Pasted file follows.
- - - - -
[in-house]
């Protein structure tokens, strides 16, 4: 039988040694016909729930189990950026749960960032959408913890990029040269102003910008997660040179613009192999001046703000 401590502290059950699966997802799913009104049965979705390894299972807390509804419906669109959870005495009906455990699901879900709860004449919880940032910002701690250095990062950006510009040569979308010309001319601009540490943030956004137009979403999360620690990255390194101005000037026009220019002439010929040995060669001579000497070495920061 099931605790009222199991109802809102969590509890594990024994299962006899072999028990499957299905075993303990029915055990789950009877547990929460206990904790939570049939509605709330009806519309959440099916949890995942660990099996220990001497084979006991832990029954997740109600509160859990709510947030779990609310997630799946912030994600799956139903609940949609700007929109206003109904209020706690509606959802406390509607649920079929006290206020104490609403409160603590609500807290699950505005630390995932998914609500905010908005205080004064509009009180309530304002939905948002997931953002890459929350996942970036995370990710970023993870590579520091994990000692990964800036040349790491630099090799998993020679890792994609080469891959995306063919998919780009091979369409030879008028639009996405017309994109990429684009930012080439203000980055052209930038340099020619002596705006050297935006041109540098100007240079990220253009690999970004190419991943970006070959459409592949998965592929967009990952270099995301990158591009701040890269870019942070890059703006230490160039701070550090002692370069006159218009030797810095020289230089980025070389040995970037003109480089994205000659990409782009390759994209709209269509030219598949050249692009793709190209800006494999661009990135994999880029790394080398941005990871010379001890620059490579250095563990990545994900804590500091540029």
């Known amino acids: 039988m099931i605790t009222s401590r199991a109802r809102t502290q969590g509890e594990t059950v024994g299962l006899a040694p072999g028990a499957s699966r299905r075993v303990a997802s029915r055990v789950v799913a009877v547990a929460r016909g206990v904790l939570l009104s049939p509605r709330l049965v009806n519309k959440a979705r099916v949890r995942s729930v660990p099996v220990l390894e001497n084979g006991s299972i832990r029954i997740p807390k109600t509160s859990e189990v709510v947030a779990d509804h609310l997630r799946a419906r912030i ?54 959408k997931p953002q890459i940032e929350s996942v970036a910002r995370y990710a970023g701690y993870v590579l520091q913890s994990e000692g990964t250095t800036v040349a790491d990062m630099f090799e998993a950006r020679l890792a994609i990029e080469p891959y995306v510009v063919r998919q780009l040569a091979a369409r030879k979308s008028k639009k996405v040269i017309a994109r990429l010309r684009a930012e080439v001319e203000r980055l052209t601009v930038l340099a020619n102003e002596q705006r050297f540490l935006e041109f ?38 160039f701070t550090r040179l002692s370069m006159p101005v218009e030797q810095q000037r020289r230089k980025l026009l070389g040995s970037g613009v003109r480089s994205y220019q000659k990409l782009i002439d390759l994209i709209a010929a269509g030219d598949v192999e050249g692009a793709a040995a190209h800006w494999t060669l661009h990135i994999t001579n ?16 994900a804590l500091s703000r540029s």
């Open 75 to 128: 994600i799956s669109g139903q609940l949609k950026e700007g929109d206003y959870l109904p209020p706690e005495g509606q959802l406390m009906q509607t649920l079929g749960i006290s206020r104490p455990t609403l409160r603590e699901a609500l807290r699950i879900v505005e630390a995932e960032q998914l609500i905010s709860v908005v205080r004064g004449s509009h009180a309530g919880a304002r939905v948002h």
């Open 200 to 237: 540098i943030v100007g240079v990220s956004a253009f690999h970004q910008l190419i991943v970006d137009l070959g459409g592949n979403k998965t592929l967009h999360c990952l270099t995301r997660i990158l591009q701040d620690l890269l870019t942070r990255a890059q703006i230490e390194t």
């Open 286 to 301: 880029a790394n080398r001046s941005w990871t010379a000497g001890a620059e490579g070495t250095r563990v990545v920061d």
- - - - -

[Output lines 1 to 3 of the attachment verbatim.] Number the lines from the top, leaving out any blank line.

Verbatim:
[in-house]
């Protein structure tokens, strides 16, 4: 039988040694016909729930189990950026749960960032959408913890990029040269102003910008997660040179613009192999001046703000 401590502290059950699966997802799913009104049965979705390894299972807390509804419906669109959870005495009906455990699901879900709860004449919880940032910002701690250095990062950006510009040569979308010309001319601009540490943030956004137009979403999360620690990255390194101005000037026009220019002439010929040995060669001579000497070495920061 099931605790009222199991109802809102969590509890594990024994299962006899072999028990499957299905075993303990029915055990789950009877547990929460206990904790939570049939509605709330009806519309959440099916949890995942660990099996220990001497084979006991832990029954997740109600509160859990709510947030779990609310997630799946912030994600799956139903609940949609700007929109206003109904209020706690509606959802406390509607649920079929006290206020104490609403409160603590609500807290699950505005630390995932998914609500905010908005205080004064509009009180309530304002939905948002997931953002890459929350996942970036995370990710970023993870590579520091994990000692990964800036040349790491630099090799998993020679890792994609080469891959995306063919998919780009091979369409030879008028639009996405017309994109990429684009930012080439203000980055052209930038340099020619002596705006050297935006041109540098100007240079990220253009690999970004190419991943970006070959459409592949998965592929967009990952270099995301990158591009701040890269870019942070890059703006230490160039701070550090002692370069006159218009030797810095020289230089980025070389040995970037003109480089994205000659990409782009390759994209709209269509030219598949050249692009793709190209800006494999661009990135994999880029790394080398941005990871010379001890620059490579250095563990990545994900804590500091540029």
């Known amino acids: 039988m099931i605790t009222s401590r199991a109802r809102t502290q969590g509890e594990t059950v024994g299962l006899a040694p072999g028990a499957s699966r299905r075993v303990a997802s029915r055990v789950v799913a009877v547990a929460r016909g206990v904790l939570l009104s049939p509605r709330l049965v009806n519309k959440a979705r099916v949890r995942s729930v660990p099996v220990l390894e001497n084979g006991s299972i832990r029954i997740p807390k109600t509160s859990e189990v709510v947030a779990d509804h609310l997630r799946a419906r912030i ?54 959408k997931p953002q890459i940032e929350s996942v970036a910002r995370y990710a970023g701690y993870v590579l520091q913890s994990e000692g990964t250095t800036v040349a790491d990062m630099f090799e998993a950006r020679l890792a994609i990029e080469p891959y995306v510009v063919r998919q780009l040569a091979a369409r030879k979308s008028k639009k996405v040269i017309a994109r990429l010309r684009a930012e080439v001319e203000r980055l052209t601009v930038l340099a020619n102003e002596q705006r050297f540490l935006e041109f ?38 160039f701070t550090r040179l002692s370069m006159p101005v218009e030797q810095q000037r020289r230089k980025l026009l070389g040995s970037g613009v003109r480089s994205y220019q000659k990409l782009i002439d390759l994209i709209a010929a269509g030219d598949v192999e050249g692009a793709a040995a190209h800006w494999t060669l661009h990135i994999t001579n ?16 994900a804590l500091s703000r540029s």